US Marine Corps, May 01, 2015 - KANEOHE BAY, Hawaii by Christine Cabalo - Painting crews discovered a piece of aviation history after uncovering a mural for “The Flying Tigers” inside Hangar 102 at Marine Corps Air Station Kaneohe Bay.
Crews from Marine Corps Base Hawaii’s Facilities Department discovered the painting with a personnel roster while renovating the space earlier in April 2015. The hangar is currently home to Marine Heavy Helicopter Squadron 463. “The Flying Tigers” are now based out of Marine Corps Air Station Futenma, Okinawa.
“This is history come alive,” said Emmer Bio, a painter with the Facilities Department, who was part of the crew that made the discovery. “People from all over have come to take a photo.”
Bio said six pieces of block board were on top of the mural, hiding it from view up until that point. Members of “Pegasus” squadron had used the wall space to mount a board that kept track of foreign object debris. None of the current personnel were aware of the mural until crews removed the boards.
“When we were repainting the wall we started peeling back the boards due to it being termite-ridden,” Bio said. “When we pulled (the boards) off, we found (the mural).”
When the unit was stationed at Kaneohe Bay, “The Flying Tigers” were known as Marine Medium Helicopter Squadron 262, according to the unit’s official Marine Corps website. They were stationed at K-Bay from 1971 to September 1992 before transferring to Okinawa.
They flew CH-46 Sea Knight “Phrog” helicopters, conducting both combat and humanitarian missions. The unit provided support on the island of Kauai to help with Hurricane Iniki efforts in 1992.
The roster was updated as recently as 1991, with a few names signed on the wall with dates. The orange-striped tiger is still found on the unit’s patches and logo.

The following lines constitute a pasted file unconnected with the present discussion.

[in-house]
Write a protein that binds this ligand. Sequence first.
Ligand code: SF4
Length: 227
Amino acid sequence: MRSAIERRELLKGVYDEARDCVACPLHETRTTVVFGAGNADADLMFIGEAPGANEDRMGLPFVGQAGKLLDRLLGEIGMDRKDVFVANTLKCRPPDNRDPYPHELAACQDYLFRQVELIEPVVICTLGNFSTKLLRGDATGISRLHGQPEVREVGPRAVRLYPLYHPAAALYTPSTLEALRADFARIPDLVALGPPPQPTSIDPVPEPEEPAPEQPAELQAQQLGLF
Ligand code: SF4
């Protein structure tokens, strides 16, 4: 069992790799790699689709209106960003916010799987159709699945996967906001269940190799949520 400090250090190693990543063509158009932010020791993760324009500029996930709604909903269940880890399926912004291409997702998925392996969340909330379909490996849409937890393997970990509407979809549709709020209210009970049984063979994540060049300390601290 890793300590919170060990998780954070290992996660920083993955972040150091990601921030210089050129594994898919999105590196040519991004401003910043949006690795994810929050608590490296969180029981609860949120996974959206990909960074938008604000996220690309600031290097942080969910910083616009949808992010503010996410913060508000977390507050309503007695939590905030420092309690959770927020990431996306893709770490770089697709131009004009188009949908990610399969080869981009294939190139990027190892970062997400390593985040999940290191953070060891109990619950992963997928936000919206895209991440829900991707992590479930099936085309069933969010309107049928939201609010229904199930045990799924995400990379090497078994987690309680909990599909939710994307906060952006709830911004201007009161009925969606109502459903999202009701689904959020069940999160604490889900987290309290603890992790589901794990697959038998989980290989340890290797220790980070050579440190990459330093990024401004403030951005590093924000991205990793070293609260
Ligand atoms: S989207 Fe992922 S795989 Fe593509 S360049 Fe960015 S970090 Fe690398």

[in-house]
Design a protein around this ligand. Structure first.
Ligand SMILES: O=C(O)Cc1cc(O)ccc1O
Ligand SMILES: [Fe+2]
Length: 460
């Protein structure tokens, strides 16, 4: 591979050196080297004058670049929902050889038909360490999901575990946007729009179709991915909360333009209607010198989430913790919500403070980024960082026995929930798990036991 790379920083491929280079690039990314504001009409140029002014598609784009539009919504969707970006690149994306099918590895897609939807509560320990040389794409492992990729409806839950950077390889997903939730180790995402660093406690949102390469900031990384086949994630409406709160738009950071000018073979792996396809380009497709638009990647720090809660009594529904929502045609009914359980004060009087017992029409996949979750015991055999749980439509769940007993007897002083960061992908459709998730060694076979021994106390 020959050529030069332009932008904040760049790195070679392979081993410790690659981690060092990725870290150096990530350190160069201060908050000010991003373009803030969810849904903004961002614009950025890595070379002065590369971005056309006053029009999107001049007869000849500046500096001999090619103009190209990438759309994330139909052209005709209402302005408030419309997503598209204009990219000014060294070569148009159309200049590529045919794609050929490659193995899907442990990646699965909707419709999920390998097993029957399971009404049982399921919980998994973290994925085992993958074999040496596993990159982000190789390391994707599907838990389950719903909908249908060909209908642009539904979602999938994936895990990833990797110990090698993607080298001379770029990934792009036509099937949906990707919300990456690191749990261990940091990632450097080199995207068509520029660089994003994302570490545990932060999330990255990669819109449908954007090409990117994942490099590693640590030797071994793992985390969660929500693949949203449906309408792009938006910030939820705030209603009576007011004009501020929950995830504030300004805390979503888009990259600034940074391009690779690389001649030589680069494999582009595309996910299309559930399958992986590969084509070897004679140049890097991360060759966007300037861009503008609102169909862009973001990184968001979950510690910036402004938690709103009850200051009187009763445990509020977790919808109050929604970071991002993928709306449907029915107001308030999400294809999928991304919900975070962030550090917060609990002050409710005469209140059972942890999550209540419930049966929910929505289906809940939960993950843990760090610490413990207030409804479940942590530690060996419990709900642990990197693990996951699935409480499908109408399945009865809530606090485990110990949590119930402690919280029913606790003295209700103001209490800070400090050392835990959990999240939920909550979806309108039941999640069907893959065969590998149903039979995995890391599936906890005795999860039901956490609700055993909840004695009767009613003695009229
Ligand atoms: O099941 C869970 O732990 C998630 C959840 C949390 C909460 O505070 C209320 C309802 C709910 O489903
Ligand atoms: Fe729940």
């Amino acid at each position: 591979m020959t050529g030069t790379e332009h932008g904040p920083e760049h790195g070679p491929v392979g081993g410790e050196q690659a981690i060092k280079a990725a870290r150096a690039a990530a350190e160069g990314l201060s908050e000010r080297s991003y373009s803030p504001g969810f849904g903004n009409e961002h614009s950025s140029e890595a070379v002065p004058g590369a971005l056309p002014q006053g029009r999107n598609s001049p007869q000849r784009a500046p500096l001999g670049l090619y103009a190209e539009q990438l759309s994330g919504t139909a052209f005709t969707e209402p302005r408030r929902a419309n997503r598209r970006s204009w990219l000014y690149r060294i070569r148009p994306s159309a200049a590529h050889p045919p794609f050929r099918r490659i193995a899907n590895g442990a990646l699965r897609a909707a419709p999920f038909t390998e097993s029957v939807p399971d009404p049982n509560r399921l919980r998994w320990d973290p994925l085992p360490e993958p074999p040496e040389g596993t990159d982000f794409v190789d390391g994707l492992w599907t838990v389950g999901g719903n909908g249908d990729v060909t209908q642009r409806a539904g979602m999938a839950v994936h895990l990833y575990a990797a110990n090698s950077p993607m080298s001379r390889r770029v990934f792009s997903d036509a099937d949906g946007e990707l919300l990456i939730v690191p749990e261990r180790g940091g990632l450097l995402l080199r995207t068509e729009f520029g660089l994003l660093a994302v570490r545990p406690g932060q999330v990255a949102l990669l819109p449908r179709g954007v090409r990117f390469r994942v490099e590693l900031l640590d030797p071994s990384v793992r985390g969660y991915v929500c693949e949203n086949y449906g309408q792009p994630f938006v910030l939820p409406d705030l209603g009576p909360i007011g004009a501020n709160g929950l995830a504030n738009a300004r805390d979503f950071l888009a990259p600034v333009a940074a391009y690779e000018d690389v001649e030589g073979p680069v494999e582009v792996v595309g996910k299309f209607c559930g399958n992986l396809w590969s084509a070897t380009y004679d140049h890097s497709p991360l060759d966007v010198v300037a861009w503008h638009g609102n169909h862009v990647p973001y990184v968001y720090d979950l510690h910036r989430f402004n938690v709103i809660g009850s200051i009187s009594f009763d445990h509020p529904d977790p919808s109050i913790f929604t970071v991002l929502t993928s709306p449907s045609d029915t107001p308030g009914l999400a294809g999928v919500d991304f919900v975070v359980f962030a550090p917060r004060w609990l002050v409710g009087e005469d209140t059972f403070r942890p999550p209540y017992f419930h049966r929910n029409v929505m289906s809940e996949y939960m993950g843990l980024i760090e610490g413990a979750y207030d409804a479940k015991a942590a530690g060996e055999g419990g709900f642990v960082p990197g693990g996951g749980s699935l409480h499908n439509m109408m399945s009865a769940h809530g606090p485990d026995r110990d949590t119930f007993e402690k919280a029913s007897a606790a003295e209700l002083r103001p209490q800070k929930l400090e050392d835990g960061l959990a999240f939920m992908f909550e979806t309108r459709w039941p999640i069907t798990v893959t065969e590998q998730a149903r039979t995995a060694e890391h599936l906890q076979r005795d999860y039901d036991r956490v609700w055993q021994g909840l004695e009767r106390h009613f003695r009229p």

Several of the Marines in the roster are still on active duty, including Maj. Gen. Andrew W. O’Donnell Jr, who was the unit’s aircraft maintenance officer as a major. O’Donnell is currently the assistant deputy commandant of Combat Development and Integration, and the deputy commanding general of Marine Corps Combat Development Command.
“The Flying Tigers” also included Brig. Gen. David Coffman, commander of U.S. Marine Corps Forces, South. As a first lieutenant, Coffman was a functional check pilot, flight leader and flight instructor for the unit aboard K-Bay.
When crews found the mural it showed the signs of wear, even though it was hidden for the past 24 years, said Maj. Neil Oswald, the executive officer of HMH-463. After documenting the find, crews finished repainting the hangar, including the wall with the mural.
“We’d save it, but the mural’s paint (was) already starting to flake off,” Oswald said. “This isn’t the unit’s space anymore, but we did preserve the image in pictures that we sent to (‘The Flying Tigers’).”
“The Flying Tigers” have also gone through their own changes since leaving Oahu. In 2013, the unit completed its transition to using the MV-22B Osprey tiltrotor aircraft, and has been redesignated as Marine Medium Tiltrotor Squadron 262, or VMM-262.
Yet the unexpected find steps back into K-Bay’s past when tigers flew and “Phrogs” ruled the day.
“This is the first time I’ve ever come across something like this,” Bio said. “There are not very many things like this.”